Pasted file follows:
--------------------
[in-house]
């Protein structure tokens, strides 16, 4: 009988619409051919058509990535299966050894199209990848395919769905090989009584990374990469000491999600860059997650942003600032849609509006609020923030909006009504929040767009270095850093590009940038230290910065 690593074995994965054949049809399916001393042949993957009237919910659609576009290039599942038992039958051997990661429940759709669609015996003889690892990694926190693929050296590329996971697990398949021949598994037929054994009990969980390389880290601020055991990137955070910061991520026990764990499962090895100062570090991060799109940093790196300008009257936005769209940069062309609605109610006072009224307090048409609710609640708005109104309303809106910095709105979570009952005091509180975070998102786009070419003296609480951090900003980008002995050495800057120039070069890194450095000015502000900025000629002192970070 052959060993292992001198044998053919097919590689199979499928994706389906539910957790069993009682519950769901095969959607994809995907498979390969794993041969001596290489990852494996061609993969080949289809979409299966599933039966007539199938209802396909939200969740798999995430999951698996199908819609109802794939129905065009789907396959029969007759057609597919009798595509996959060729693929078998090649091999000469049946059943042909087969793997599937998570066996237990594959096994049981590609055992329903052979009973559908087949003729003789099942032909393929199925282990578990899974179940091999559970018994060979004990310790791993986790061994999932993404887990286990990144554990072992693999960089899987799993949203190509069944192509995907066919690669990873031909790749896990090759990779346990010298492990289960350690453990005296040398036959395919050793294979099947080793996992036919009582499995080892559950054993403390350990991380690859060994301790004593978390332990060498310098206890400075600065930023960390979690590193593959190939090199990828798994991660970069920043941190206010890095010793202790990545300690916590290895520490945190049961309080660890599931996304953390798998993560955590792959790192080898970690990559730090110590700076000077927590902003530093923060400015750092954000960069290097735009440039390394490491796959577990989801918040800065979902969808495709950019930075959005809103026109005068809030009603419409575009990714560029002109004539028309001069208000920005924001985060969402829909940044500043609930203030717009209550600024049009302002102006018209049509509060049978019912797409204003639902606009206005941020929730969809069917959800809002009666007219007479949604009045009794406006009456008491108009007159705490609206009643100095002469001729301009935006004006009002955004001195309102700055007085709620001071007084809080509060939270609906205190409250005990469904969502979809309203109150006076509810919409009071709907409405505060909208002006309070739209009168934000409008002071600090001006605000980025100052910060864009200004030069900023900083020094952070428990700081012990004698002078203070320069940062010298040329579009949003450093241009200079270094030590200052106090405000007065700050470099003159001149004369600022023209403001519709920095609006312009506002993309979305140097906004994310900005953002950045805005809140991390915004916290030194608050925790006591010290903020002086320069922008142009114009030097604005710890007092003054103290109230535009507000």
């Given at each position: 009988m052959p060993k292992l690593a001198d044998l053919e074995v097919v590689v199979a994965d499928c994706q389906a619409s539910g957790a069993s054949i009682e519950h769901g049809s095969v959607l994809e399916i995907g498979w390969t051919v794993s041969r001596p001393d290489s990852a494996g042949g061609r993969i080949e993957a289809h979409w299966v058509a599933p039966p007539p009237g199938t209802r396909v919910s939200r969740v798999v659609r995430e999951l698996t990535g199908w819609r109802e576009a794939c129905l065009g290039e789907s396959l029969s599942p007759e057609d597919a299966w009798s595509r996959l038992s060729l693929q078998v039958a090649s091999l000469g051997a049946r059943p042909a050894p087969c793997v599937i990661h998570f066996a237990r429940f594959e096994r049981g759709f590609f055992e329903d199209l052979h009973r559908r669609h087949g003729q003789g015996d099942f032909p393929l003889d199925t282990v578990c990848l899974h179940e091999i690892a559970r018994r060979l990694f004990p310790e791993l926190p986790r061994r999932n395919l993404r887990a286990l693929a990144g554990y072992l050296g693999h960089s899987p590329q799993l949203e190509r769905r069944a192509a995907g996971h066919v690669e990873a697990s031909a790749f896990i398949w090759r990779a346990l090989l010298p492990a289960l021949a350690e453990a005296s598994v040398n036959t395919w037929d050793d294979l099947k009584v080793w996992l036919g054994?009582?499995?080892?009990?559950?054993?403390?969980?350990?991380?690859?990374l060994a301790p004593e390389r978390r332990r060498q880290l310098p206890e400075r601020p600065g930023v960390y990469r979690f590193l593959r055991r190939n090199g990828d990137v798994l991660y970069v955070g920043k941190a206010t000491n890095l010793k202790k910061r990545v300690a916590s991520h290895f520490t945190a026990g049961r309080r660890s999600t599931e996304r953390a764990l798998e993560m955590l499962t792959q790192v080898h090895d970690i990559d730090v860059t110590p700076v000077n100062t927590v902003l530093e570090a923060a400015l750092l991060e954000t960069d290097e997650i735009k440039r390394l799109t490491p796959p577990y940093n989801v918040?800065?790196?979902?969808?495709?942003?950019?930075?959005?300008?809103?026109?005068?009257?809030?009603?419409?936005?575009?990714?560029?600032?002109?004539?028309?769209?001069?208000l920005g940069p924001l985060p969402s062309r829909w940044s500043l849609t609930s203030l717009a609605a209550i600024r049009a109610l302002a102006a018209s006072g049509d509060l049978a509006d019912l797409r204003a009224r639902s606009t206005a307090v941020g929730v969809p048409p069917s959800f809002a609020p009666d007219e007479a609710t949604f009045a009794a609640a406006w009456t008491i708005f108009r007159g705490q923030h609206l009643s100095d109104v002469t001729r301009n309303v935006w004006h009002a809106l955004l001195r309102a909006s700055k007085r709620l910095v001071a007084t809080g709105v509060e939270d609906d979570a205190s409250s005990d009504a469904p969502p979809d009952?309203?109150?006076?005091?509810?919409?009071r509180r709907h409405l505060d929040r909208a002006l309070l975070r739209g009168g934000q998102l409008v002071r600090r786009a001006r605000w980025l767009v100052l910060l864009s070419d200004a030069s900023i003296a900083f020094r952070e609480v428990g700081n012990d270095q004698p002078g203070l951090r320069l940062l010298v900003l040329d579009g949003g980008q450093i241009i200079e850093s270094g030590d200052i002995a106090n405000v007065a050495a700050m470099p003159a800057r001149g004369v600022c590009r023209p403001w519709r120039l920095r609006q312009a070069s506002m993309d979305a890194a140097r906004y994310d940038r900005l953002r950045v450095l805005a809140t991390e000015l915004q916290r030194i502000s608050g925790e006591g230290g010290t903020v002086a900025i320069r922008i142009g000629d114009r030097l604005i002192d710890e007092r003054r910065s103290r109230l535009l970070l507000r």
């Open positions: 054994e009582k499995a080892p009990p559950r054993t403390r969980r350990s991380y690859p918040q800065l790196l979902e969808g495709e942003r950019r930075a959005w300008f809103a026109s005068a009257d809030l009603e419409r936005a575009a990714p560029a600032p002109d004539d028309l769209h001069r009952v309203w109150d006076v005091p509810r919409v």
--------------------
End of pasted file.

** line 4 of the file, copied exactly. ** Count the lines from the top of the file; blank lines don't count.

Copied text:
């Open positions: 054994e009582k499995a080892p009990p559950r054993t403390r969980r350990s991380y690859p918040q800065l790196l979902e969808g495709e942003r950019r930075a959005w300008f809103a026109s005068a009257d809030l009603e419409r936005a575009a990714p560029a600032p002109d004539d028309l769209h001069r009952v309203w109150d006076v005091p509810r919409v």